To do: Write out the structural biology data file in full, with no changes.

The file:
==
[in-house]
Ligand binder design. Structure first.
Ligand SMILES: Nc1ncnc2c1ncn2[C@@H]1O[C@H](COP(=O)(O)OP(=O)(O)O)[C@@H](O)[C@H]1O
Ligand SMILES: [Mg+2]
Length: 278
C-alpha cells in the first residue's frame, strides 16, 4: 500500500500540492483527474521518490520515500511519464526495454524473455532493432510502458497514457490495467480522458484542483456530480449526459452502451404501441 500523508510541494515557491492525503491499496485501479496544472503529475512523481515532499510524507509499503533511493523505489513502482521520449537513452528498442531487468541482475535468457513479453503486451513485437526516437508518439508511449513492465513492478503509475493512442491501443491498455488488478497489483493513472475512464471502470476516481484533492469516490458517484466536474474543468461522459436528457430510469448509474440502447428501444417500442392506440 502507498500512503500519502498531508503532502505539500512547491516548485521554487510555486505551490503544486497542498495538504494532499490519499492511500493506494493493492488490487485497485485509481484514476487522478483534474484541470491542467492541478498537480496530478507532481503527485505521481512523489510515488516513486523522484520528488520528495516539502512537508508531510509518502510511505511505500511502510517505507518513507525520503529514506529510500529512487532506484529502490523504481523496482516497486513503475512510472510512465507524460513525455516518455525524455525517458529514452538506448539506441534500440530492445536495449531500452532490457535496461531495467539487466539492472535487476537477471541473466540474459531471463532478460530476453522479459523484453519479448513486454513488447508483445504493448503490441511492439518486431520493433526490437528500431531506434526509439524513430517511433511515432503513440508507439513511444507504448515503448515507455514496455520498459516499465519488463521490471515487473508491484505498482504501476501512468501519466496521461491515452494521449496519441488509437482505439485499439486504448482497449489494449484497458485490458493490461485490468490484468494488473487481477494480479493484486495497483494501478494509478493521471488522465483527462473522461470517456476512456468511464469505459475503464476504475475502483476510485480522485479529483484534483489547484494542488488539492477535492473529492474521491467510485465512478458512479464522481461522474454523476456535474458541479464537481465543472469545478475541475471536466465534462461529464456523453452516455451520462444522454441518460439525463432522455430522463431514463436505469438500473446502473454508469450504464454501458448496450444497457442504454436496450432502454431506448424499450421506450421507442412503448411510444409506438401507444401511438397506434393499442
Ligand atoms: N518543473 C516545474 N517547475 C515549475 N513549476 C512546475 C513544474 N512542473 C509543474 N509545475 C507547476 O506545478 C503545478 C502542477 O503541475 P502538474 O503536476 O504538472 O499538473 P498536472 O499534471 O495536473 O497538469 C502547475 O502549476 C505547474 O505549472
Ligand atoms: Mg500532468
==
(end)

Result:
[in-house]
Ligand binder design. Structure first.
Ligand SMILES: Nc1ncnc2c1ncn2[C@@H]1O[C@H](COP(=O)(O)OP(=O)(O)O)[C@@H](O)[C@H]1O
Ligand SMILES: [Mg+2]
Length: 278
C-alpha cells in the first residue's frame, strides 16, 4: 500500500500540492483527474521518490520515500511519464526495454524473455532493432510502458497514457490495467480522458484542483456530480449526459452502451404501441 500523508510541494515557491492525503491499496485501479496544472503529475512523481515532499510524507509499503533511493523505489513502482521520449537513452528498442531487468541482475535468457513479453503486451513485437526516437508518439508511449513492465513492478503509475493512442491501443491498455488488478497489483493513472475512464471502470476516481484533492469516490458517484466536474474543468461522459436528457430510469448509474440502447428501444417500442392506440 502507498500512503500519502498531508503532502505539500512547491516548485521554487510555486505551490503544486497542498495538504494532499490519499492511500493506494493493492488490487485497485485509481484514476487522478483534474484541470491542467492541478498537480496530478507532481503527485505521481512523489510515488516513486523522484520528488520528495516539502512537508508531510509518502510511505511505500511502510517505507518513507525520503529514506529510500529512487532506484529502490523504481523496482516497486513503475512510472510512465507524460513525455516518455525524455525517458529514452538506448539506441534500440530492445536495449531500452532490457535496461531495467539487466539492472535487476537477471541473466540474459531471463532478460530476453522479459523484453519479448513486454513488447508483445504493448503490441511492439518486431520493433526490437528500431531506434526509439524513430517511433511515432503513440508507439513511444507504448515503448515507455514496455520498459516499465519488463521490471515487473508491484505498482504501476501512468501519466496521461491515452494521449496519441488509437482505439485499439486504448482497449489494449484497458485490458493490461485490468490484468494488473487481477494480479493484486495497483494501478494509478493521471488522465483527462473522461470517456476512456468511464469505459475503464476504475475502483476510485480522485479529483484534483489547484494542488488539492477535492473529492474521491467510485465512478458512479464522481461522474454523476456535474458541479464537481465543472469545478475541475471536466465534462461529464456523453452516455451520462444522454441518460439525463432522455430522463431514463436505469438500473446502473454508469450504464454501458448496450444497457442504454436496450432502454431506448424499450421506450421507442412503448411510444409506438401507444401511438397506434393499442
Ligand atoms: N518543473 C516545474 N517547475 C515549475 N513549476 C512546475 C513544474 N512542473 C509543474 N509545475 C507547476 O506545478 C503545478 C502542477 O503541475 P502538474 O503536476 O504538472 O499538473 P498536472 O499534471 O495536473 O497538469 C502547475 O502549476 C505547474 O505549472
Ligand atoms: Mg500532468